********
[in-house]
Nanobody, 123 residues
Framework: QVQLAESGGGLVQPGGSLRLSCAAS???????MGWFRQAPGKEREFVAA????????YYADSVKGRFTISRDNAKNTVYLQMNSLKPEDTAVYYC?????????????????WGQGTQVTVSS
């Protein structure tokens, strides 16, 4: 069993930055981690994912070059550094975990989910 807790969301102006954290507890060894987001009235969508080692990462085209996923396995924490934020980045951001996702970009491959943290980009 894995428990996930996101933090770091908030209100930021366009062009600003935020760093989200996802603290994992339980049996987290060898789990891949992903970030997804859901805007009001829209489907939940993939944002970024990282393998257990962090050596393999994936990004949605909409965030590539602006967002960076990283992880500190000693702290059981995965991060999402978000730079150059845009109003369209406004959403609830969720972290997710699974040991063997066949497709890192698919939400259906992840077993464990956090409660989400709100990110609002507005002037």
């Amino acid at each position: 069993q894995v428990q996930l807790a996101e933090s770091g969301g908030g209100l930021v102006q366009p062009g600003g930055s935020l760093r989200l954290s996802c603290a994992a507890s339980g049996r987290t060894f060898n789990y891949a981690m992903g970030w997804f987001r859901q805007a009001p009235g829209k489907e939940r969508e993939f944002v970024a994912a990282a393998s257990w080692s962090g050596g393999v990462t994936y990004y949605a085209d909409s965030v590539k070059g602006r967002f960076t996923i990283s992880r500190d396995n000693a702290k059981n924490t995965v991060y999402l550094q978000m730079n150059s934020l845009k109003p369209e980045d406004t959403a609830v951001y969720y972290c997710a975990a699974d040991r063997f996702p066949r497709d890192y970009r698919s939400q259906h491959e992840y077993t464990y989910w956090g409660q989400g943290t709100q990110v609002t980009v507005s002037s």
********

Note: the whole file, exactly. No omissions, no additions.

[in-house]
Nanobody, 123 residues
Framework: QVQLAESGGGLVQPGGSLRLSCAAS???????MGWFRQAPGKEREFVAA????????YYADSVKGRFTISRDNAKNTVYLQMNSLKPEDTAVYYC?????????????????WGQGTQVTVSS
């Protein structure tokens, strides 16, 4: 069993930055981690994912070059550094975990989910 807790969301102006954290507890060894987001009235969508080692990462085209996923396995924490934020980045951001996702970009491959943290980009 894995428990996930996101933090770091908030209100930021366009062009600003935020760093989200996802603290994992339980049996987290060898789990891949992903970030997804859901805007009001829209489907939940993939944002970024990282393998257990962090050596393999994936990004949605909409965030590539602006967002960076990283992880500190000693702290059981995965991060999402978000730079150059845009109003369209406004959403609830969720972290997710699974040991063997066949497709890192698919939400259906992840077993464990956090409660989400709100990110609002507005002037």
């Amino acid at each position: 069993q894995v428990q996930l807790a996101e933090s770091g969301g908030g209100l930021v102006q366009p062009g600003g930055s935020l760093r989200l954290s996802c603290a994992a507890s339980g049996r987290t060894f060898n789990y891949a981690m992903g970030w997804f987001r859901q805007a009001p009235g829209k489907e939940r969508e993939f944002v970024a994912a990282a393998s257990w080692s962090g050596g393999v990462t994936y990004y949605a085209d909409s965030v590539k070059g602006r967002f960076t996923i990283s992880r500190d396995n000693a702290k059981n924490t995965v991060y999402l550094q978000m730079n150059s934020l845009k109003p369209e980045d406004t959403a609830v951001y969720y972290c997710a975990a699974d040991r063997f996702p066949r497709d890192y970009r698919s939400q259906h491959e992840y077993t464990y989910w956090g409660q989400g943290t709100q990110v609002t980009v507005s002037s």